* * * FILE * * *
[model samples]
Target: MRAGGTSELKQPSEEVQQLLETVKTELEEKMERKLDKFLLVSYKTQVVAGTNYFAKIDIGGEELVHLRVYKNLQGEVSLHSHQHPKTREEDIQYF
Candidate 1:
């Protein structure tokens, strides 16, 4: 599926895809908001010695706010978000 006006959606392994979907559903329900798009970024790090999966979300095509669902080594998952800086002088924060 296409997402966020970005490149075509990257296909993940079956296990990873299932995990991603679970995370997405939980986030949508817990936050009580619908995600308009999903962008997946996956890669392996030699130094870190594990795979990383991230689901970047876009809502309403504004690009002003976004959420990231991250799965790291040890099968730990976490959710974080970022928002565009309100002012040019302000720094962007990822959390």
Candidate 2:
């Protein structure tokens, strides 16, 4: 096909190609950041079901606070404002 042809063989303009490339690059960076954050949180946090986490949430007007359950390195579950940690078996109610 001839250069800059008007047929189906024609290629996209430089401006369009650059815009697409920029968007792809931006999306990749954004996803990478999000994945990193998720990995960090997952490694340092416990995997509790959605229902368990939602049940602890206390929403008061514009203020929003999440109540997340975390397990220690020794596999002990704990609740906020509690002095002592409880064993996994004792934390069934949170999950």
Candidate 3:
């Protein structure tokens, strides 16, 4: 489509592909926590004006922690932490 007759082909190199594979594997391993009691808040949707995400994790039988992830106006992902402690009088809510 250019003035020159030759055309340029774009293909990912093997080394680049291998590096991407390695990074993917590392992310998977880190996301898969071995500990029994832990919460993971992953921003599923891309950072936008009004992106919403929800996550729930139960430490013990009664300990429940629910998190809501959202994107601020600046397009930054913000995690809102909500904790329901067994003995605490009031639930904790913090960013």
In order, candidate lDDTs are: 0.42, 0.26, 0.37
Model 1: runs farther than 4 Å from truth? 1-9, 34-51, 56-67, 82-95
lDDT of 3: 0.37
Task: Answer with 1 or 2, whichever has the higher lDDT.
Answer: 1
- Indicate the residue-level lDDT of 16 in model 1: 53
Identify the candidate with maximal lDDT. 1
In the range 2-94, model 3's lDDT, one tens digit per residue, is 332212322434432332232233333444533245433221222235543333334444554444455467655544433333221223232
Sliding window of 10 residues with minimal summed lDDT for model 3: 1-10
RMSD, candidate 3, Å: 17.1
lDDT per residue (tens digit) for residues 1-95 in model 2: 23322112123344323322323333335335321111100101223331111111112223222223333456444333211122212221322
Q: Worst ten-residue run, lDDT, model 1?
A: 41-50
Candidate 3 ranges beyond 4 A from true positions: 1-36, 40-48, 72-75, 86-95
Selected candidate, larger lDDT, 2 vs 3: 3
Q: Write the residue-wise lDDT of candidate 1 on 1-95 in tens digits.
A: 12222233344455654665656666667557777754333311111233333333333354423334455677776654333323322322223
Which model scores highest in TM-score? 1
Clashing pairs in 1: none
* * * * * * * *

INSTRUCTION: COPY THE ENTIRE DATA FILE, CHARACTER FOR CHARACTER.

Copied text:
[model samples]
Target: MRAGGTSELKQPSEEVQQLLETVKTELEEKMERKLDKFLLVSYKTQVVAGTNYFAKIDIGGEELVHLRVYKNLQGEVSLHSHQHPKTREEDIQYF
Candidate 1:
């Protein structure tokens, strides 16, 4: 599926895809908001010695706010978000 006006959606392994979907559903329900798009970024790090999966979300095509669902080594998952800086002088924060 296409997402966020970005490149075509990257296909993940079956296990990873299932995990991603679970995370997405939980986030949508817990936050009580619908995600308009999903962008997946996956890669392996030699130094870190594990795979990383991230689901970047876009809502309403504004690009002003976004959420990231991250799965790291040890099968730990976490959710974080970022928002565009309100002012040019302000720094962007990822959390």
Candidate 2:
């Protein structure tokens, strides 16, 4: 096909190609950041079901606070404002 042809063989303009490339690059960076954050949180946090986490949430007007359950390195579950940690078996109610 001839250069800059008007047929189906024609290629996209430089401006369009650059815009697409920029968007792809931006999306990749954004996803990478999000994945990193998720990995960090997952490694340092416990995997509790959605229902368990939602049940602890206390929403008061514009203020929003999440109540997340975390397990220690020794596999002990704990609740906020509690002095002592409880064993996994004792934390069934949170999950």
Candidate 3:
């Protein structure tokens, strides 16, 4: 489509592909926590004006922690932490 007759082909190199594979594997391993009691808040949707995400994790039988992830106006992902402690009088809510 250019003035020159030759055309340029774009293909990912093997080394680049291998590096991407390695990074993917590392992310998977880190996301898969071995500990029994832990919460993971992953921003599923891309950072936008009004992106919403929800996550729930139960430490013990009664300990429940629910998190809501959202994107601020600046397009930054913000995690809102909500904790329901067994003995605490009031639930904790913090960013």
In order, candidate lDDTs are: 0.42, 0.26, 0.37
Model 1: runs farther than 4 Å from truth? 1-9, 34-51, 56-67, 82-95
lDDT of 3: 0.37
Task: Answer with 1 or 2, whichever has the higher lDDT.
Answer: 1
- Indicate the residue-level lDDT of 16 in model 1: 53
Identify the candidate with maximal lDDT. 1
In the range 2-94, model 3's lDDT, one tens digit per residue, is 332212322434432332232233333444533245433221222235543333334444554444455467655544433333221223232
Sliding window of 10 residues with minimal summed lDDT for model 3: 1-10
RMSD, candidate 3, Å: 17.1
lDDT per residue (tens digit) for residues 1-95 in model 2: 23322112123344323322323333335335321111100101223331111111112223222223333456444333211122212221322
Q: Worst ten-residue run, lDDT, model 1?
A: 41-50
Candidate 3 ranges beyond 4 A from true positions: 1-36, 40-48, 72-75, 86-95
Selected candidate, larger lDDT, 2 vs 3: 3
Q: Write the residue-wise lDDT of candidate 1 on 1-95 in tens digits.
A: 12222233344455654665656666667557777754333311111233333333333354423334455677776654333323322322223
Which model scores highest in TM-score? 1
Clashing pairs in 1: none